| James Towey, friend and benefactor of the
College of Commerce and Business Administration and
the University of Illinois, died on March 15, at his home
in Godfrey, Illinois. He was 83. "He was a very loyal Illini, a great personal friend, and
a tireless advocate for the College of Commerce," notes Dean
Howard Thomas, who is also James F. Towey Distinguished Professor
of Strategic Management at the college. "He was kind,
constructively critical, very perceptive, and a
very friendly, open-hearted person, who was much respected and
admired by his colleagues. I will miss him greatly.
"In the course of his business career, Mr. Towey rose through the corporate ranks to become head of Olin Corporation and a widely respected expert in strategic planning. A native of Wood River, Illinois, he attended Washington University in St. Louis, then went on to enroll at Illinois, where he became a member of the Accountancy Club, and a participant in Honors Day. He graduated CBA in 1939 with a BS in General Commerce. Upon graduation he went to work as an accountant for Western Cartridge Co., in East Alton, Illinois, a move that prefigured his coming success with Olin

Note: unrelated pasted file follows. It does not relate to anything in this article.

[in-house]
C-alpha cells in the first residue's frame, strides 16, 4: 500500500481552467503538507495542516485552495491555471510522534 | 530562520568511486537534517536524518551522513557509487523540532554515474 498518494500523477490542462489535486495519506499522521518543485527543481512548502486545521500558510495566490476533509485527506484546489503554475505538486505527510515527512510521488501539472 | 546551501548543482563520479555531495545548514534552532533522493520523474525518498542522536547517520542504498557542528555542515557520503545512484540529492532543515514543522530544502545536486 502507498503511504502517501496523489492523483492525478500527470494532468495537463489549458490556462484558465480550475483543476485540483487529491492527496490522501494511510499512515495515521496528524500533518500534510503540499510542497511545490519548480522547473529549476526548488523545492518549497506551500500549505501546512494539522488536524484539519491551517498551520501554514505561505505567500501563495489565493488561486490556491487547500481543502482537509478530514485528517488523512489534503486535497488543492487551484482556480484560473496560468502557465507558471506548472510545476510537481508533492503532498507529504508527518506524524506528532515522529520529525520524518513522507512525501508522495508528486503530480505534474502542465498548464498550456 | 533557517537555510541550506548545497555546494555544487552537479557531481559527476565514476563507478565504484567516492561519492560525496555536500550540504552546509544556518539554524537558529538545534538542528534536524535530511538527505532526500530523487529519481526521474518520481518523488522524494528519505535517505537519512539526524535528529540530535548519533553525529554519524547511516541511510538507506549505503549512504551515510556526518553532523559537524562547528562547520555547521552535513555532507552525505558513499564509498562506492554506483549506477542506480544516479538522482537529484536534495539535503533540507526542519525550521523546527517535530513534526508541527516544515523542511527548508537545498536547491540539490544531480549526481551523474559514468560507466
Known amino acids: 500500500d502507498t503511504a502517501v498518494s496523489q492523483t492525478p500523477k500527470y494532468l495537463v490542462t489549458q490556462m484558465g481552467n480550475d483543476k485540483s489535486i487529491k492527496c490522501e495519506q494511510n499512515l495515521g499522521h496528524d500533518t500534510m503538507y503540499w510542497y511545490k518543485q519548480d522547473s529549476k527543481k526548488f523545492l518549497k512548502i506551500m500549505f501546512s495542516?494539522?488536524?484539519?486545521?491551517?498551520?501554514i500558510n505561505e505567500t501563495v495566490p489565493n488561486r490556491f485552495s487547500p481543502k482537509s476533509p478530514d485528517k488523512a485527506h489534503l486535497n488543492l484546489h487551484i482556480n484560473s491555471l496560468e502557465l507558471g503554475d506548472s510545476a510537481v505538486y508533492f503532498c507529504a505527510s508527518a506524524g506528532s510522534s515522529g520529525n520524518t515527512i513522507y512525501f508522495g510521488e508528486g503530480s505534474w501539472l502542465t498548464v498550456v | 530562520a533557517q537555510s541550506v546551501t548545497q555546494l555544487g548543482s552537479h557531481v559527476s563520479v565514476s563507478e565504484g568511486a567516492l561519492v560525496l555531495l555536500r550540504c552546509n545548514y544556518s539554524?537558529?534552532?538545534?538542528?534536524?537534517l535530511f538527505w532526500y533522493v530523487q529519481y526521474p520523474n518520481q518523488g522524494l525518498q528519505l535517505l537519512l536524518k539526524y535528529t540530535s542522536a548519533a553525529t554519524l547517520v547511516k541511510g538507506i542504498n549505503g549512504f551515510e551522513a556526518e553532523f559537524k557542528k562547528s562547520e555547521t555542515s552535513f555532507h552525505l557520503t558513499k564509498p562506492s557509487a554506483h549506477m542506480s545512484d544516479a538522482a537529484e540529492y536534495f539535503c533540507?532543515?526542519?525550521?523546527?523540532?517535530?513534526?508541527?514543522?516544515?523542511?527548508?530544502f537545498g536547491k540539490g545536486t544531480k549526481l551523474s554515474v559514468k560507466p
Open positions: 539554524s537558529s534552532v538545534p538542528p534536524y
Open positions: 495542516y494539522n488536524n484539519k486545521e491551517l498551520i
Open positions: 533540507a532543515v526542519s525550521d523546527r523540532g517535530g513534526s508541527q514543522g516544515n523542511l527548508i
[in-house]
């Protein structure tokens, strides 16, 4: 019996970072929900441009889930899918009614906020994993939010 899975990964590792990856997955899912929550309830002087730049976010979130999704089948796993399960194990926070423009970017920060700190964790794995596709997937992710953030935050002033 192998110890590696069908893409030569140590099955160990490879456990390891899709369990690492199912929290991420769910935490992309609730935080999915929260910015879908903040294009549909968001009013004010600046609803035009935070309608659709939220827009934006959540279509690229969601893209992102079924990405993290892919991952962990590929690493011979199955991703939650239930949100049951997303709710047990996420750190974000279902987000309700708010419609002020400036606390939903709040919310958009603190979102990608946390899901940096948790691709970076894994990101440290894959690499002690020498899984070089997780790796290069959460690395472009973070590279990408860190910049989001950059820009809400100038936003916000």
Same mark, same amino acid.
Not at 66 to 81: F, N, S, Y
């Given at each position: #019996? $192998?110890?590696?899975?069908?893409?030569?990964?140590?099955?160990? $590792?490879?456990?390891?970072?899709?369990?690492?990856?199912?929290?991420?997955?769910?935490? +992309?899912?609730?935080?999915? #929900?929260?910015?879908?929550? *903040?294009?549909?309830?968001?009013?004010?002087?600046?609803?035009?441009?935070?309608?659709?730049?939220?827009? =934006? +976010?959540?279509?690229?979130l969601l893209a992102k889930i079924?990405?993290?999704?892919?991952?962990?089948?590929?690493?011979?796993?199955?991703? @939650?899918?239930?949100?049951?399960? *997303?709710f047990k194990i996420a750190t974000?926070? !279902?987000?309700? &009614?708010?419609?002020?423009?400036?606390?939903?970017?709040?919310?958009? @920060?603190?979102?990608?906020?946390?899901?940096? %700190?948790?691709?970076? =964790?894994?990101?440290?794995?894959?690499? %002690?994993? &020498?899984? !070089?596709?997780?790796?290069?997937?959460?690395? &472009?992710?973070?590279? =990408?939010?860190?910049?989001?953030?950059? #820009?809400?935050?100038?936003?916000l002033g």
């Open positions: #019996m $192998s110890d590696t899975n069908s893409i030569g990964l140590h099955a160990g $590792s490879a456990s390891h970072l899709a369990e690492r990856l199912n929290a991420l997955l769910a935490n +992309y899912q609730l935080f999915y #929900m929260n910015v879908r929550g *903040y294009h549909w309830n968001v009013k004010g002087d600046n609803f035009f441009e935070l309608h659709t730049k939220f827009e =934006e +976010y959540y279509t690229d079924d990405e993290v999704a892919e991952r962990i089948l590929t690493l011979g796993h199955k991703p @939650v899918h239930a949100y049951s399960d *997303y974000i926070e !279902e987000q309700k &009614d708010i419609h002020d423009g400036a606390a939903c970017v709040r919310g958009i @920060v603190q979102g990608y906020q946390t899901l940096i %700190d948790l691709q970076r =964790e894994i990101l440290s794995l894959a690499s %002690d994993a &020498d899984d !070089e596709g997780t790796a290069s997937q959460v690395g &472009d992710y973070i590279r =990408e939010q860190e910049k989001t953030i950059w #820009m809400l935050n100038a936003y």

|Corporation, which later acquired Western as a subsidiary. The years 1945-46 were spent by Mr. Towey in military service, with the U.S. Army Signal Corps, before his return to the East Alton plant as chief accountant and, later, plant controller. From 1955 to 1970, he served at Olin Mathieson Chemical Co., in New York City, advancing from assistant controller to financial officer, Aluminum Division, to vice president, Brass Operation. He then moved to Olin Corporation headquarters in Stamford, Connecticut, where he became vice president and chief financial officer. In 1972 he was made president and CEO of the company and later that same year he was appointed chairman of the board. Upon Mr. Towey's retirement in 1981, Olin Corporation made a significant gift to create the James F. Towey Professorship in Business Administration at Commerce.|